Rick Nash is naturally the subject of much scrutiny among New York Rangers fans, given his annual salary cap value of $7.8 million. His lower scoring production in the playoffs (12 goals in 65 career postseason contests) has also drawn criticism. Add to that last season’s disappointing 15-goal output in 60 games, and you have a player who entered this season with a lot to prove.
To this point, Nash has spoken loudly through his excellent all-around play for the Rangers this season.
Scoring Touch Back
With Mika Zibanejad and Pavel Buchnevich both out of the lineup with long-term injuries, the Rangers player who has stepped up the most in terms of filling the scoring void is Nash, despite the fact that he missed four games himself between Dec. 8 and Dec. 13 with a groin injury.
While Nash is relied upon as one of the team’s primary scorers under normal circumstances, he has raised his level in recent weeks, picking up six goals in his past 11 games, including two in the three games since his return to the lineup on Dec. 15. UPDATE: Unfortunately for the Nash and the Rangers, the winger injured the other side of his groin in Sunday’s game against New Jersey, and will again be sidelined for an unknown period of time.
For the season, Nash has 13 goals in 30 games played, which equates to about 36 goals over a full 82 games. That’s the kind of production the Rangers are looking for out of Nash. Besides the numbers, Nash is also scoring true “goal scorer’s goals” this season, proving that his elite offensive touch is back this year after a rough previous season.
With the Rangers’ scoring pace down, Nash is a more important source of offense than ever, and he is delivering. Having a strong forecheck and puck possession game is important to create scoring chances and try to score ugly goals, but every team needs game-breaking talent to step up in key spots, and that’s what Nash gives to the Rangers. There are not many players in the league who can score via a top-shelf backhander after an end-to-end rush, or on a high shot on the short side from a sharp angle, as Nash did in recent games against Carolina and Nashville, respectively.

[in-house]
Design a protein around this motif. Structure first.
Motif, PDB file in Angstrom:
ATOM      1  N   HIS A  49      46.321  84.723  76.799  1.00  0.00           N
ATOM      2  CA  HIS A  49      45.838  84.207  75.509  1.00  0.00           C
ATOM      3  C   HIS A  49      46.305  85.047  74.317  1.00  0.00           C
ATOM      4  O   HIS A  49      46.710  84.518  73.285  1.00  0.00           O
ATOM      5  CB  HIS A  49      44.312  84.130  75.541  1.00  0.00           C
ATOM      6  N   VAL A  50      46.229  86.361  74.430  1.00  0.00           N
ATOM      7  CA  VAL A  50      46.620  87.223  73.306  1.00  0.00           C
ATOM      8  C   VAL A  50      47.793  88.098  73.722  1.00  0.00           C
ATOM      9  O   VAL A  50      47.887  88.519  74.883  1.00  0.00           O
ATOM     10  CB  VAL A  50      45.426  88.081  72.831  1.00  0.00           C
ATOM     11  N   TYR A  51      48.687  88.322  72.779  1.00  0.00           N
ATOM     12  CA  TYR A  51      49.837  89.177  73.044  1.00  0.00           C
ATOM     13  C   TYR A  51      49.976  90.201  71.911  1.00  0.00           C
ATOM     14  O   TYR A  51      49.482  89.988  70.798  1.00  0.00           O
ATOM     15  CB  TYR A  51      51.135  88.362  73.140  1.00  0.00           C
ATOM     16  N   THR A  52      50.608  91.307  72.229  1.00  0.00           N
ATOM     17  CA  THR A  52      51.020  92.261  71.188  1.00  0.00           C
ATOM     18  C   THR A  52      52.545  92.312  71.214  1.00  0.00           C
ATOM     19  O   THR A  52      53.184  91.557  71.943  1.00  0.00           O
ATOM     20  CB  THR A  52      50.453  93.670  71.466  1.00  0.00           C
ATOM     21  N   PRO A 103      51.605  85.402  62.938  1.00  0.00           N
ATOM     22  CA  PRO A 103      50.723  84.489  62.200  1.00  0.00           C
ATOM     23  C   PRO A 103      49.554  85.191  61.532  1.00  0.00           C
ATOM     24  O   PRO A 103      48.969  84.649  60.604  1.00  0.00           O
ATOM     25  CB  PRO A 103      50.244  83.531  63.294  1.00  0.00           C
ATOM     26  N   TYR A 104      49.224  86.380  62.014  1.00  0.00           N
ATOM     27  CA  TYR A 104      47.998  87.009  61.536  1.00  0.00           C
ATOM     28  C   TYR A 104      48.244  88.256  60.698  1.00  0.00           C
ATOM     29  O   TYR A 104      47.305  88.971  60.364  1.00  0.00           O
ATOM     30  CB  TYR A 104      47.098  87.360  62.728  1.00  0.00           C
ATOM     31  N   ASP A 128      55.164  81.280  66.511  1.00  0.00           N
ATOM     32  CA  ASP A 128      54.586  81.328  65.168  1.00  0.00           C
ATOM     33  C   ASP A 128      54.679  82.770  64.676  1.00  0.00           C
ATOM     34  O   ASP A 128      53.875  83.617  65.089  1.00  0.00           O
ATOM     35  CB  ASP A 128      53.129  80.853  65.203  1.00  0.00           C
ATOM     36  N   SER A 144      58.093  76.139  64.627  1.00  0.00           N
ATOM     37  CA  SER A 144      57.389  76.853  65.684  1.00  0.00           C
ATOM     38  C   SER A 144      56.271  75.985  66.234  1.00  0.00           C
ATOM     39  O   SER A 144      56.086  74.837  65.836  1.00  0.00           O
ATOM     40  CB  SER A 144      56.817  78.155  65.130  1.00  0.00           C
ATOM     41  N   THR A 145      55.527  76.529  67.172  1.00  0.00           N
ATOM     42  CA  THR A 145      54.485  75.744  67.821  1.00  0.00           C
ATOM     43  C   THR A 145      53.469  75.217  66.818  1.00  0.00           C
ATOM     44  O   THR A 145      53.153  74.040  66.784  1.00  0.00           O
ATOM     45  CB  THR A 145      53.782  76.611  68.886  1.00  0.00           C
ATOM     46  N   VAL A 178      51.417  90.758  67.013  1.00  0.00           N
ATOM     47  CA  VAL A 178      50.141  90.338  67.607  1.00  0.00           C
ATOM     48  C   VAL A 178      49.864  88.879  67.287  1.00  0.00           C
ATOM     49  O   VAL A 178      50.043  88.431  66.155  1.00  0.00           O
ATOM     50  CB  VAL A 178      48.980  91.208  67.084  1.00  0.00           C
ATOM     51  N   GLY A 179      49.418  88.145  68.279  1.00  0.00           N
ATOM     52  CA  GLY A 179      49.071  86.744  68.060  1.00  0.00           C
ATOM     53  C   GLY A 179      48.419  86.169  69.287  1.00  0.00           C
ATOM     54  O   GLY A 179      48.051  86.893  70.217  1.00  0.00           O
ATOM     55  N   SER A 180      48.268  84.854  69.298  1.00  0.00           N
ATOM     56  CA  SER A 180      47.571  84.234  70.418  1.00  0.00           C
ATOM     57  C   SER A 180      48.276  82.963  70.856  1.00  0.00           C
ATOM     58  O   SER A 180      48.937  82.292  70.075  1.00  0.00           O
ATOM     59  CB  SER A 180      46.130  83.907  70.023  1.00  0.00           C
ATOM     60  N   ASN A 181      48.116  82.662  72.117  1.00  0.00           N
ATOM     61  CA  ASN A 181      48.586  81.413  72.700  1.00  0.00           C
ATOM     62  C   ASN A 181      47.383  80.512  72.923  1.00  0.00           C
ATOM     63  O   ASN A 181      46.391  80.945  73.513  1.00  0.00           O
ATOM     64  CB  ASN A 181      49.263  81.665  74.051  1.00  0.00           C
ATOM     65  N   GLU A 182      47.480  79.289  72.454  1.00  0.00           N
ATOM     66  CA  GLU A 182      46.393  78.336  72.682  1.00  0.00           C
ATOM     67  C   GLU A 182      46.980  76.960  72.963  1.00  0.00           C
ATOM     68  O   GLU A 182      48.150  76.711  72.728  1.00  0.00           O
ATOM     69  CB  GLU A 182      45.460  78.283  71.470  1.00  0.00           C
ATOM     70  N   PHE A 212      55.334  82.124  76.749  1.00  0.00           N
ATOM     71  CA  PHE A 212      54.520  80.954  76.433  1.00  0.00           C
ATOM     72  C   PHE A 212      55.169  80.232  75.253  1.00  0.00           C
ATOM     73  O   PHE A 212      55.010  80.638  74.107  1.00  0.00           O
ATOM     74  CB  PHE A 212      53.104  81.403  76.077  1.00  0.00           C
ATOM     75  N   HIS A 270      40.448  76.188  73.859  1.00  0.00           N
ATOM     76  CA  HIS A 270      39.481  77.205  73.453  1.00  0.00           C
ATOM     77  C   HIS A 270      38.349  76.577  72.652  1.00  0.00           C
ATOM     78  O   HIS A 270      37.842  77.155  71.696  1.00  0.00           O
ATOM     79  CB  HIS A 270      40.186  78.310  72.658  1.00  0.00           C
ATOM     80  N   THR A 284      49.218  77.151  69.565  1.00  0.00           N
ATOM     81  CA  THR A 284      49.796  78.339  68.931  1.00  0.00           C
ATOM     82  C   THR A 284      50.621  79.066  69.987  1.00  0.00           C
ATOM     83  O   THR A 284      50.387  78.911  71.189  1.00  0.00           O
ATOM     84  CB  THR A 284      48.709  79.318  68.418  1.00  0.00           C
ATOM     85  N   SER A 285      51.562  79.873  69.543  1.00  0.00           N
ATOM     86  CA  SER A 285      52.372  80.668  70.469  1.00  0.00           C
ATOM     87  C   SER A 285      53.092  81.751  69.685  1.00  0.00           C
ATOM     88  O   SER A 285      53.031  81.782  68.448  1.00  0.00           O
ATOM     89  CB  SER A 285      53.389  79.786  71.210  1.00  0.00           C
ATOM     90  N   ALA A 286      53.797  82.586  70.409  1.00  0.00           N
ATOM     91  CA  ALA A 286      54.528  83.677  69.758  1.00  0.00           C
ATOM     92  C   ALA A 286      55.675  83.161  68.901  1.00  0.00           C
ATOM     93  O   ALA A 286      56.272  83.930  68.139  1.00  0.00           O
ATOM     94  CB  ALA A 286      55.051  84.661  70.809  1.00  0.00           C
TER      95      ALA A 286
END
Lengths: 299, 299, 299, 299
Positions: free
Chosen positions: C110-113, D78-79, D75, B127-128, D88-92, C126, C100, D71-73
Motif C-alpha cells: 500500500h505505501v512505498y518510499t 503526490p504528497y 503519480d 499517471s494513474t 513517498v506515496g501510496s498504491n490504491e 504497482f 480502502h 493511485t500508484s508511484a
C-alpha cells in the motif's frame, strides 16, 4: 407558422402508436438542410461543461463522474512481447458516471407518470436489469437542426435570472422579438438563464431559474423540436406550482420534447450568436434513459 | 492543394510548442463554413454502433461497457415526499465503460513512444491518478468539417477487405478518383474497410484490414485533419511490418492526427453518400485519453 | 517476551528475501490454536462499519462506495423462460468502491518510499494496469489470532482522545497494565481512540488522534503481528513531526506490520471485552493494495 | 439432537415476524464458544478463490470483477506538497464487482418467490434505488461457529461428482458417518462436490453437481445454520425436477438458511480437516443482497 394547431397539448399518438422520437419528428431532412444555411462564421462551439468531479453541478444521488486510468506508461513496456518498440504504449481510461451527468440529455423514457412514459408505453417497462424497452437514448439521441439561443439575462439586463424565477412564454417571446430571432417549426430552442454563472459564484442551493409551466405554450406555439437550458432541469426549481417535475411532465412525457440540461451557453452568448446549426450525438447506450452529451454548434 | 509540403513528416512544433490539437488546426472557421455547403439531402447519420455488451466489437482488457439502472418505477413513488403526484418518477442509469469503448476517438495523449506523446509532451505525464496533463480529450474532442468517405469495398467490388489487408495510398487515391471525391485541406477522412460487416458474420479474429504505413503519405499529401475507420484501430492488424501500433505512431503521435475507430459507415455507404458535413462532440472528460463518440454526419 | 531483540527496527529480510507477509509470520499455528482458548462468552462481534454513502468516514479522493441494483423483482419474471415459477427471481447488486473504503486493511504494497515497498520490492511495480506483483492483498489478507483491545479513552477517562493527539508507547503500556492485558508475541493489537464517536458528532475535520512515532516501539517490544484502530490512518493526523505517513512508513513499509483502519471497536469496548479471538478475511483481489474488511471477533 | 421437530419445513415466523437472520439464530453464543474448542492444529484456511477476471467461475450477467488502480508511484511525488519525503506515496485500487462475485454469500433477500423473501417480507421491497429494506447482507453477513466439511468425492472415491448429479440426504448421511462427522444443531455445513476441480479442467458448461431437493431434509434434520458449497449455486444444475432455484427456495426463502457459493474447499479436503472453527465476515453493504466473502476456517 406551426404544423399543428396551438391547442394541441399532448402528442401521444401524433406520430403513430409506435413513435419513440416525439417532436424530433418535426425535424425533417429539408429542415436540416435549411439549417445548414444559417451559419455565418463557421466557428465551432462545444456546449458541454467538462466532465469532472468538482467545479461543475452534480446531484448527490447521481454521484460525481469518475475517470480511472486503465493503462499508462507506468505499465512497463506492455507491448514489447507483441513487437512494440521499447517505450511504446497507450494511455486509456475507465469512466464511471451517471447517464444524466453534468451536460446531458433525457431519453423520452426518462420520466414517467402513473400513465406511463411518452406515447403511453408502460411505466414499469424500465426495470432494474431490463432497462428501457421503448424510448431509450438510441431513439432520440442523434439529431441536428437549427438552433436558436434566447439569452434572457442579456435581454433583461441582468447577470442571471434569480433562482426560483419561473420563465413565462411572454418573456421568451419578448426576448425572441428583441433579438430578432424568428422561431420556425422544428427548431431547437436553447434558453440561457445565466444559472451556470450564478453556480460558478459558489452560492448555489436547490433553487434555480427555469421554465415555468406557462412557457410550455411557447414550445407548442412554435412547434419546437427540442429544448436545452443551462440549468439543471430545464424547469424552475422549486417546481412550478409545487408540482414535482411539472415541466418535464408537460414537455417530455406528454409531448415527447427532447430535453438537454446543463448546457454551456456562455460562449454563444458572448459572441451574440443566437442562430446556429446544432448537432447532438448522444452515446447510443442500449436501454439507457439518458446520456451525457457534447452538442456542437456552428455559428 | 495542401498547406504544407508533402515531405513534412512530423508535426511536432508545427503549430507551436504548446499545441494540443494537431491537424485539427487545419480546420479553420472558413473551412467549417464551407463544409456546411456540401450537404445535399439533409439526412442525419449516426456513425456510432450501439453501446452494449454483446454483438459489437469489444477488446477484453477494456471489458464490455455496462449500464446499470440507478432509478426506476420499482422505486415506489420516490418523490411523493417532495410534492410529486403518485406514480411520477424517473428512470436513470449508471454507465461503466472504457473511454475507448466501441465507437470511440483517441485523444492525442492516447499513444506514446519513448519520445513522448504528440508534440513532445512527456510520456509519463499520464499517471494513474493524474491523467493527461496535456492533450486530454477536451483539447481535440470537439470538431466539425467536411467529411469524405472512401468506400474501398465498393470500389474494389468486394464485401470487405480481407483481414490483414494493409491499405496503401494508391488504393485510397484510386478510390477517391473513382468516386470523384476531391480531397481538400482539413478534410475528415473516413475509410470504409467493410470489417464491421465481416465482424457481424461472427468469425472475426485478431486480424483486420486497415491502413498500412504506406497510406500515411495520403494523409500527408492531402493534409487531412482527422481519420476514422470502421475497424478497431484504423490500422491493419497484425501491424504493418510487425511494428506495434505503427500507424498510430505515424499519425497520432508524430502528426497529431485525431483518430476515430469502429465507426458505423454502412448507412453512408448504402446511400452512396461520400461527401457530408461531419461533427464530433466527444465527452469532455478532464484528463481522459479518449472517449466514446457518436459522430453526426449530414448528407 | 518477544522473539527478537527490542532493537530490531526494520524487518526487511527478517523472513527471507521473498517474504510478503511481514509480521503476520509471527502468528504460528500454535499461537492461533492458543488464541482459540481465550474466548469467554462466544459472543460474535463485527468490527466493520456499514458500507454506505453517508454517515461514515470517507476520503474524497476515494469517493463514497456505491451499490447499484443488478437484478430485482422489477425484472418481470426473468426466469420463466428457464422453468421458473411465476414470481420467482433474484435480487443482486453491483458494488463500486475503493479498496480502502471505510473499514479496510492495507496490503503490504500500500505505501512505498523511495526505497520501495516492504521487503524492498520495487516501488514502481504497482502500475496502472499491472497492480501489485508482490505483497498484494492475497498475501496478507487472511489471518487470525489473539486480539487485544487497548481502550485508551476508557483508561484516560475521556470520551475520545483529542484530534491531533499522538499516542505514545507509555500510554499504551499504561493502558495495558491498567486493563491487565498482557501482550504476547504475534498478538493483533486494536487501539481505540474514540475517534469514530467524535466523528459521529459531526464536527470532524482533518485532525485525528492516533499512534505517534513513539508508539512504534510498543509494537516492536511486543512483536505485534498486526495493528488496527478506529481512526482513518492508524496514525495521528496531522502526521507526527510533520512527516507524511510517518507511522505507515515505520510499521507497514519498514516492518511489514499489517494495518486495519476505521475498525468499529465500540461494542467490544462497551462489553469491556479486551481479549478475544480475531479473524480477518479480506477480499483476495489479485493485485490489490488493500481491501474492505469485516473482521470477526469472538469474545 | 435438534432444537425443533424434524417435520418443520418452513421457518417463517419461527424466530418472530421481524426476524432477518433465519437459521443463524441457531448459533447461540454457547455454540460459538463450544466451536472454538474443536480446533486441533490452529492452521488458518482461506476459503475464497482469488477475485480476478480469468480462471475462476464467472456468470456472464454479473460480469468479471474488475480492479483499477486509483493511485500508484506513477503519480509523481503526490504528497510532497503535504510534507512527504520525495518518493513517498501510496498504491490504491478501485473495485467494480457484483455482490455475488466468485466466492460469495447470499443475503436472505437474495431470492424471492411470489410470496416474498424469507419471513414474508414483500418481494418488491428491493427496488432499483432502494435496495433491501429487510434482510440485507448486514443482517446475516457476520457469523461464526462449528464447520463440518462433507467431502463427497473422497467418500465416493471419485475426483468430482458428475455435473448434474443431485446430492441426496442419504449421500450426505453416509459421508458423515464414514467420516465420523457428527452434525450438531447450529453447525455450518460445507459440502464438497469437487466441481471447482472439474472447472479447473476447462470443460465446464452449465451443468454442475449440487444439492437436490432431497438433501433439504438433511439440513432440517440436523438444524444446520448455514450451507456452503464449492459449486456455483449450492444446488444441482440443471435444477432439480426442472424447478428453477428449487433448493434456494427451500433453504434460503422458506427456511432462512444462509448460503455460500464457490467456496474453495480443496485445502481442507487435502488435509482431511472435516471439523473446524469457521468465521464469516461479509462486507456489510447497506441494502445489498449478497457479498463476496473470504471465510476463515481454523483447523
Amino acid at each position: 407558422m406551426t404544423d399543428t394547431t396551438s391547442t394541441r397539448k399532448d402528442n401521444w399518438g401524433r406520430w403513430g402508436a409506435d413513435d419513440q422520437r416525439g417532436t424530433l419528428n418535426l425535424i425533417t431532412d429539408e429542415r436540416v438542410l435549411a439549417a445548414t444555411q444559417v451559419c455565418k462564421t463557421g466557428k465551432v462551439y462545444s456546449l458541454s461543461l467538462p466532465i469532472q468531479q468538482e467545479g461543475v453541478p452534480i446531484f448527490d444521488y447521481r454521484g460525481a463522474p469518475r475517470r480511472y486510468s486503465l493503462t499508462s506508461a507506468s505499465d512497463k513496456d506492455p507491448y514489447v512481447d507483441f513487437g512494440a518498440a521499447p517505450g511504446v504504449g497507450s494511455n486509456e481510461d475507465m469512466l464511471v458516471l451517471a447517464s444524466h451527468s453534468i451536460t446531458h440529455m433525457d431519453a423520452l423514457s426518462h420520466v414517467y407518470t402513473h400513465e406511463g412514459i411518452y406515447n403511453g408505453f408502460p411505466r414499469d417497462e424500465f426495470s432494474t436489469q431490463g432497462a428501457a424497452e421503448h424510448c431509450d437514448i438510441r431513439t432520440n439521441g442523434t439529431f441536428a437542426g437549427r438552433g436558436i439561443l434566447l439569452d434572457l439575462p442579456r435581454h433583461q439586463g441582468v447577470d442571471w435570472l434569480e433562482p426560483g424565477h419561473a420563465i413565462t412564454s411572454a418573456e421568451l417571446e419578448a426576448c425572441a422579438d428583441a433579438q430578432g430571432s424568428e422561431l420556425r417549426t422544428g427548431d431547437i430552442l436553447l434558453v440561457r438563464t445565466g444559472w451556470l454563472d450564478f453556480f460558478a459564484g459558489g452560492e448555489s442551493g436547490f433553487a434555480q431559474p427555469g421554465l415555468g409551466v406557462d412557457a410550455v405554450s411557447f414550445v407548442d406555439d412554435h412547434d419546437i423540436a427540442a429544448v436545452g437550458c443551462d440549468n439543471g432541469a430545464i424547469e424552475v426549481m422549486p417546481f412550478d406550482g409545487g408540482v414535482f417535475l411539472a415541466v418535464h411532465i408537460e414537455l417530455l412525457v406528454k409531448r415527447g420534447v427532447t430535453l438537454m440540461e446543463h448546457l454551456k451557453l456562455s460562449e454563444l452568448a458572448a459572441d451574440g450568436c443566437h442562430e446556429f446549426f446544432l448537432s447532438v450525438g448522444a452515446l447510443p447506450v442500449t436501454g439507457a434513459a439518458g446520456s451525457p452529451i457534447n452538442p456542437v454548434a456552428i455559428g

Nash is a power forward with speed, finesse, and a good scoring touch. However, he is more than just a goal-scoring, offensively-oriented player. He is extremely proficient in all three zones, and is one of the Rangers’ top penalty killers.
Even when he isn’t scoring, he is always providing value to the Rangers in some way because his defensive game is always on point. That being said, a player of his stature and with his contract needs to put the puck in the net at the end of the day, but Nash’s effectiveness in all situations is a luxury that the Rangers and their fans should never take for granted.
In New York’s 2-0 win at Dallas on Dec. 15 — Nash’s first game back from his groin injury that sidelined him for four games — No. 61 had one play that displayed so many of his strengths.
In a 0-0 deadlock in the third period, the Rangers had to kill off a Dallas power play, and Nash used his smarts to read Jamie Benn’s pass at the New York blue line and intercept the puck. He then used his speed to create a wide range of separation on his ensuing breakaway before finishing off the play with a quick bar-down snipe to put the Rangers up 1-0. They would ultimately go on to win 2-0 after an empty-net goal by Mats Zuccarello, so Nash’s shorthanded tally proved to be the game-winner. Not a bad way for him to announce his return to the lineup.
Nash, now 32, still has the speed, skill, and strength to be a major force for the Rangers. Despite some of his past struggles, he is such a critical part of the Rangers’ success and has arguably been the club’s best forward this season. If he can manage to come back healthy soon, remain healthy, and keep up his strong play while the Rangers keep winning, he might just get a chance to silence some of his doubters in the playoffs.